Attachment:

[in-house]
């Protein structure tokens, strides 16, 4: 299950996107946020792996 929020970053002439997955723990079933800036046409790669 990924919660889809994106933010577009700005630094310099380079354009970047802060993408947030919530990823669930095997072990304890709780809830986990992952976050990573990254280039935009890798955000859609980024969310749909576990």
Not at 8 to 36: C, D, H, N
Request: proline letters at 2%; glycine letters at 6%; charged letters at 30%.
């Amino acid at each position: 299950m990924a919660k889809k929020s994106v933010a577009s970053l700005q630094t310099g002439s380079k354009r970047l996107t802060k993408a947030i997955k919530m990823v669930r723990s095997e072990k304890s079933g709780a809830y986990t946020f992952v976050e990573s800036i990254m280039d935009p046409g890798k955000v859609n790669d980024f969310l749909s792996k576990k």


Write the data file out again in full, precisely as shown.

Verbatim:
[in-house]
């Protein structure tokens, strides 16, 4: 299950996107946020792996 929020970053002439997955723990079933800036046409790669 990924919660889809994106933010577009700005630094310099380079354009970047802060993408947030919530990823669930095997072990304890709780809830986990992952976050990573990254280039935009890798955000859609980024969310749909576990």
Not at 8 to 36: C, D, H, N
Request: proline letters at 2%; glycine letters at 6%; charged letters at 30%.
């Amino acid at each position: 299950m990924a919660k889809k929020s994106v933010a577009s970053l700005q630094t310099g002439s380079k354009r970047l996107t802060k993408a947030i997955k919530m990823v669930r723990s095997e072990k304890s079933g709780a809830y986990t946020f992952v976050e990573s800036i990254m280039d935009p046409g890798k955000v859609n790669d980024f969310l749909s792996k576990k």